• In a computer system, a chipset is a set of electronic components in an integrated circuit that manages the data flow between the processor, memory and peripherals. It is usually found on the motherboard. Chipsets are usually designed to work with a specific family of microprocessors. Because it controls communications between the processor and external devices, the chipset plays a crucial role in determining system performance.[7]
    • A northbridge (or host bridge) is one of the two chips in the core logic chipset architecture on a PC motherboard. northbridge is connected directly to the CPU via the frontside bus (FSB) and thus responsible for tasks that require the highest performance.[8]
    • The southbridge typically implements the slower capabilities of the motherboard in a northbridge/southbridge chipset computer architecture. The southbridge can usually be distinguished from the northbridge by not being directly connected to the CPU. Rather, the northbridge ties the southbridge to the CPU.[9]
CMOS battery in a Pico ITX motherboard
  • The memory battery (aka motherboard, CMOS, real-time clock (RTC), clock battery) is generally a CR2032 lithium coin cell. These cells last two to ten years, depending on the type of motherboard, ambient temperature and the length of time that the system is powered off. When replacing the cell, the system time and CMOS BIOS settings may revert to default values. This may be avoided by replacing the cell with the power supply master switch on. On ATX motherboards, this will supply 5V power to the motherboard even if it is apparently "switched off" and keep the CMOS memory energized.[10]
AMP Mate-N-Lok and Molex Standard .093" Pin and Socket power connectors.
ATX Connector
  • Power connectors receive electrical power from the computer power supply and distribute it to the CPU, chipset, main memory, and expansion cards.[11]
    • The ATX specification requires the power supply to produce three main outputs, +3.3 V, +5 V and +12 V. Low-power −12 V and 5 VSB (standby) supplies are also required. Originally, the motherboard was powered by one 20-pin connector. An ATX power supply provides a number of peripheral power connectors and (in modern systems) two connectors for the motherboard: a 4-pin auxiliary connector providing additional power to the CPU and a main 24-pin power supply connector, an extension of the original 20-pin version.[12]
    • The Three-pin Molex KK family connector is used when connecting a fan to the motherboard or other circuit board. 4, 6 and 8 pin configurations of the same style of connector are used for additional CPU power and graphics card power. This is changing as power, signal and speed requirements increase in sophistication and electronic requirements.[13]
  • Common front-panel connectors include USB ports, audio jacks for integrated sound hardware, power button, and power indication and drive activity LEDs.
  • Front-side buses usually connect the CPU and the rest of the hardware via a chipset, which Intel implemented as a northbridge and a southbridge. Other buses like the Peripheral Component Interconnect (PCI), Accelerated Graphics Port (AGP), and memory buses all connect to the chipset in order for data to flow between the connected devices. These secondary system buses usually run at speeds derived from the front-side bus clock, but are not necessarily synchronized to it.[14]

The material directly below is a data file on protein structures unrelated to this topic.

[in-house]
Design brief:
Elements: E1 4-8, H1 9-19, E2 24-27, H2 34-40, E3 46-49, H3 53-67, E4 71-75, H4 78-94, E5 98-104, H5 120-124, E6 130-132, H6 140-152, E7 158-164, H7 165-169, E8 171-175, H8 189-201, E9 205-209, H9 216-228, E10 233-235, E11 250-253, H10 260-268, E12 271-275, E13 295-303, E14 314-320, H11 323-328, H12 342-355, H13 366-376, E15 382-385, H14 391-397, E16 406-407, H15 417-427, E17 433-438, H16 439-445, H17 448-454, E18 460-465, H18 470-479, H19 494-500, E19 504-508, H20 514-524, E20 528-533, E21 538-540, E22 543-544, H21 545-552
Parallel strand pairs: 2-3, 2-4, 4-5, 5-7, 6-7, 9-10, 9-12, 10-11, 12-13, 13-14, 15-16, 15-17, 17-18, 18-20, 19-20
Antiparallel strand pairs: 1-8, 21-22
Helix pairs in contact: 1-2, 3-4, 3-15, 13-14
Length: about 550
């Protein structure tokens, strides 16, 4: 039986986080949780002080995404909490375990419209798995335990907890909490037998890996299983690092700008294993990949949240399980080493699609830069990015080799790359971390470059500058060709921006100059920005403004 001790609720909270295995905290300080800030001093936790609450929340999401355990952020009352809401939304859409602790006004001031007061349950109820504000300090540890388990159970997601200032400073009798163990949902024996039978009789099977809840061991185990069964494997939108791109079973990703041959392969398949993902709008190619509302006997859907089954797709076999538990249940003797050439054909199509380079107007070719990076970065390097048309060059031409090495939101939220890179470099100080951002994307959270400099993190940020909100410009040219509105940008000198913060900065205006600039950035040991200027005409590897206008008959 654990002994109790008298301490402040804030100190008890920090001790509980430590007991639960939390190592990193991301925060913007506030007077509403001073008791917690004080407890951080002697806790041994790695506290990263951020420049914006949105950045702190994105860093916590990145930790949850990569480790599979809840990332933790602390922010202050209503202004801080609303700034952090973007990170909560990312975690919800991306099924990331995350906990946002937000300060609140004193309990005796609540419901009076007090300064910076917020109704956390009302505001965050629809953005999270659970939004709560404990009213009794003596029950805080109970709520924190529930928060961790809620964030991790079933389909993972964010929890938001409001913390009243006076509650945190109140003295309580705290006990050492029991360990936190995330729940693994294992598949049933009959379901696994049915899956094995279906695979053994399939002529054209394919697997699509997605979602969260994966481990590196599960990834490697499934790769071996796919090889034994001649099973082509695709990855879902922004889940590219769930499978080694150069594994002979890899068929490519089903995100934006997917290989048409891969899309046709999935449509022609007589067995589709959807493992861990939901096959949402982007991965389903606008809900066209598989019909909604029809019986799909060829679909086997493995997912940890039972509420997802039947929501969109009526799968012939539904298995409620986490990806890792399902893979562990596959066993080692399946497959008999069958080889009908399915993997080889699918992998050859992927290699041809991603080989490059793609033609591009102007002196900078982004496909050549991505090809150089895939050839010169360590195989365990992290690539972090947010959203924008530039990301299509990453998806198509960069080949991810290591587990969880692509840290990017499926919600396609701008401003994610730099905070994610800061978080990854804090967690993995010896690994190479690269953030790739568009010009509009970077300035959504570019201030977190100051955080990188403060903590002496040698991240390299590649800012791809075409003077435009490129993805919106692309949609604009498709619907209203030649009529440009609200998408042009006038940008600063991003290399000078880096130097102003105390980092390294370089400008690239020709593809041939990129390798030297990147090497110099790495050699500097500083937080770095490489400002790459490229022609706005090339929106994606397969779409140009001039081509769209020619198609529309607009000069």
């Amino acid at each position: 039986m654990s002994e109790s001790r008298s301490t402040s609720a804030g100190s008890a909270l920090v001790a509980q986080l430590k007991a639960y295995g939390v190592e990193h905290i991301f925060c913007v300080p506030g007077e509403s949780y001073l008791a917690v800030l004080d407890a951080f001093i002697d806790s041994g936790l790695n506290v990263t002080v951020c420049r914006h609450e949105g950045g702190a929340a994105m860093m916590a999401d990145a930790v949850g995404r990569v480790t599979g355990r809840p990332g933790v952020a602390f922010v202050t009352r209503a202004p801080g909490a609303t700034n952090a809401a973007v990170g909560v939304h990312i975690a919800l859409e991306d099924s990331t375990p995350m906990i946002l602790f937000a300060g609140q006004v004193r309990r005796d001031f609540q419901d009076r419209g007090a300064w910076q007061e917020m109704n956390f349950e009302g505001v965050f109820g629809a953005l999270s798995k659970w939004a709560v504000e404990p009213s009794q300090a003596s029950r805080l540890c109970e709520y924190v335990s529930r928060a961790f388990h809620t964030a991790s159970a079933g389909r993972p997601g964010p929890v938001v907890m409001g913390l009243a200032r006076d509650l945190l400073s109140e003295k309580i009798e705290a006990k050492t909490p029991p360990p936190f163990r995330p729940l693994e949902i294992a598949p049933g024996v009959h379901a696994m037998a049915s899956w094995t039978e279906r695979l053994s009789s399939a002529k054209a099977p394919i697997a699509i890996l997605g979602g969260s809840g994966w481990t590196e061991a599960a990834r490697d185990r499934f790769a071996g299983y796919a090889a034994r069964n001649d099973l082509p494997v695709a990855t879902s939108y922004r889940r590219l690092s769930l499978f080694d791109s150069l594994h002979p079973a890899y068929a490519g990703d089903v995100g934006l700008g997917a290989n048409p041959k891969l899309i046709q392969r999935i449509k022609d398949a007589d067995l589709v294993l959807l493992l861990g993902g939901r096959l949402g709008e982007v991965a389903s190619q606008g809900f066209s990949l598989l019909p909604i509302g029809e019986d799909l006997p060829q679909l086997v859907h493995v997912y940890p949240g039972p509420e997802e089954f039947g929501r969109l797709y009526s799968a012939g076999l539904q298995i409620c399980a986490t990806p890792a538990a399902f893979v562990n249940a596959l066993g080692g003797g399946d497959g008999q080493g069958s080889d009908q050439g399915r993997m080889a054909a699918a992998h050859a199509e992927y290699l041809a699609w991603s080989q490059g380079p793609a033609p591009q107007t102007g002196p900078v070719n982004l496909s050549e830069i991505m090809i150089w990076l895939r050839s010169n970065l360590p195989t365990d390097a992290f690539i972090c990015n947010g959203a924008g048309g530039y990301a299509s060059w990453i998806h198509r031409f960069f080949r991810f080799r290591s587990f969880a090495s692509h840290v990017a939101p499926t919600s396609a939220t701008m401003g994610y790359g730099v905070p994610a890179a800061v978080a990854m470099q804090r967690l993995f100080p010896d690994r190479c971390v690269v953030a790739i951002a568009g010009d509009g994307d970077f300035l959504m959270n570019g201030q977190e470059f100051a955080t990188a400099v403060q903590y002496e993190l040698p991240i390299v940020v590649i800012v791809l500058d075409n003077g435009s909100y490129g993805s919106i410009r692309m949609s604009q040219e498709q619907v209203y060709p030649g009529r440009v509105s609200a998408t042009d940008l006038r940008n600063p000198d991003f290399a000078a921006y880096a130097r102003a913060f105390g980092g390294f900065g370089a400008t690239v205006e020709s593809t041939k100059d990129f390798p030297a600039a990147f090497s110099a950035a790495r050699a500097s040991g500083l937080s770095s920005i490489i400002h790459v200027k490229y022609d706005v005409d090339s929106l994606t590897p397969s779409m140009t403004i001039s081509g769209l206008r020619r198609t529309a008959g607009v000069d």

• The frequency at which a processor (CPU) operates is determined by applying a clock multiplier to the front-side bus (FSB) speed in some cases. For example, a processor running at 3200 MHz might be using a 400 MHz FSB. This means there is an internal clock multiplier setting (also called bus/core ratio) of 8. That is, the CPU is set to run at 8 times the frequency of the front-side bus: 400 MHz × 8 = 3200 MHz. Different CPU speeds are achieved by varying either the FSB frequency or the CPU multiplier.[15]
    • Setting an FSB speed is related directly to the speed grade of memory a system must use. The memory bus connects the northbridge and RAM, just as the front-side bus connects the CPU and northbridge. Often, these two buses must operate at the same frequency.[16]
    • Similar to the memory bus, the PCI and AGP buses can also be run asynchronously from the front-side bus. In older systems, these buses are operated at a set fraction of the front-side bus frequency. This fraction was set by the BIOS. In newer systems, the PCI, AGP, and PCI Express peripheral buses often receive their own clock signals, which eliminates their dependence on the front-side bus for timing.[17]
The icon denoting the power or reset function on most devices
  • The reset button could be an actual button or concept. The reset button would typically kick off a soft boot, instructing the computer to go through the process of shutting down, which would clear memory and reset devices to their initialized state. Contrary to the 'Power Button', which would simply remove power immediately.[18]

Key Terms Edit

Form factor
the specification of a motherboard – the dimensions, power supply type, location of mounting holes, number of ports on the back panel, etc.[19]
Expansion card
a printed circuit board that can be inserted into an electrical connector, or expansion slot on a computer motherboard, backplane or riser card to add functionality to a computer system via the expansion bus.[20]
CPU socket
an electrical component that attaches to a Printed Circuit Board (PCB) and is designed to house a CPU[21]
a set of electronic components in an integrated circuit that manages the data flow between the processor, memory and peripherals.[22]
joins two lengths of flexible copper wire or cable, or connect a wire or cable to an electrical terminal. Connectors consist of plugs (male-ended) and jacks (female-ended). Common motherboard connectors are Molex and Berg connectors.[23]
a communication system that transfers data between components inside a computer, or between computers. This expression covers all related hardware components (wire, optical fiber, etc.) and software, including communication protocols.[24]

References Edit